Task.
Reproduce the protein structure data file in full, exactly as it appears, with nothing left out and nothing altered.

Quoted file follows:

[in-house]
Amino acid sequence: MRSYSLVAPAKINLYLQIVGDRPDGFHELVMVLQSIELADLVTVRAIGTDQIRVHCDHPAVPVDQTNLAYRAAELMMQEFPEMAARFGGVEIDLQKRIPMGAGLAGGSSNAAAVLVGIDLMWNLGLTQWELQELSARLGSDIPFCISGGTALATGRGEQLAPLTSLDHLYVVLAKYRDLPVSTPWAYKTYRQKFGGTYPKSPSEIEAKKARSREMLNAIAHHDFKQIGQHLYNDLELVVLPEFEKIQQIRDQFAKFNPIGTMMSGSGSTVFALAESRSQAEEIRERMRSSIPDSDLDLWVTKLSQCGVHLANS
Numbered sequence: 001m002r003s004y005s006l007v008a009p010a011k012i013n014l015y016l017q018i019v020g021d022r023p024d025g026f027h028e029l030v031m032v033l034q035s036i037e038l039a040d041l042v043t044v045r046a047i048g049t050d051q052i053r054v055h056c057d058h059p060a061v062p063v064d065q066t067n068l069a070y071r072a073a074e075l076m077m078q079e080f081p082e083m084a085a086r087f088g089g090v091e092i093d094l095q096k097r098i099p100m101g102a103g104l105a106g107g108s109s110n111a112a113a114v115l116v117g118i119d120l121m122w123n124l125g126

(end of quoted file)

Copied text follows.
[in-house]
Amino acid sequence: MRSYSLVAPAKINLYLQIVGDRPDGFHELVMVLQSIELADLVTVRAIGTDQIRVHCDHPAVPVDQTNLAYRAAELMMQEFPEMAARFGGVEIDLQKRIPMGAGLAGGSSNAAAVLVGIDLMWNLGLTQWELQELSARLGSDIPFCISGGTALATGRGEQLAPLTSLDHLYVVLAKYRDLPVSTPWAYKTYRQKFGGTYPKSPSEIEAKKARSREMLNAIAHHDFKQIGQHLYNDLELVVLPEFEKIQQIRDQFAKFNPIGTMMSGSGSTVFALAESRSQAEEIRERMRSSIPDSDLDLWVTKLSQCGVHLANS
Numbered sequence: 001m002r003s004y005s006l007v008a009p010a011k012i013n014l015y016l017q018i019v020g021d022r023p024d025g026f027h028e029l030v031m032v033l034q035s036i037e038l039a040d041l042v043t044v045r046a047i048g049t050d051q052i053r054v055h056c057d058h059p060a061v062p063v064d065q066t067n068l069a070y071r072a073a074e075l076m077m078q079e080f081p082e083m084a085a086r087f088g089g090v091e092i093d094l095q096k097r098i099p100m101g102a103g104l105a106g107g108s109s110n111a112a113a114v115l116v117g118i119d120l121m122w123n124l125g126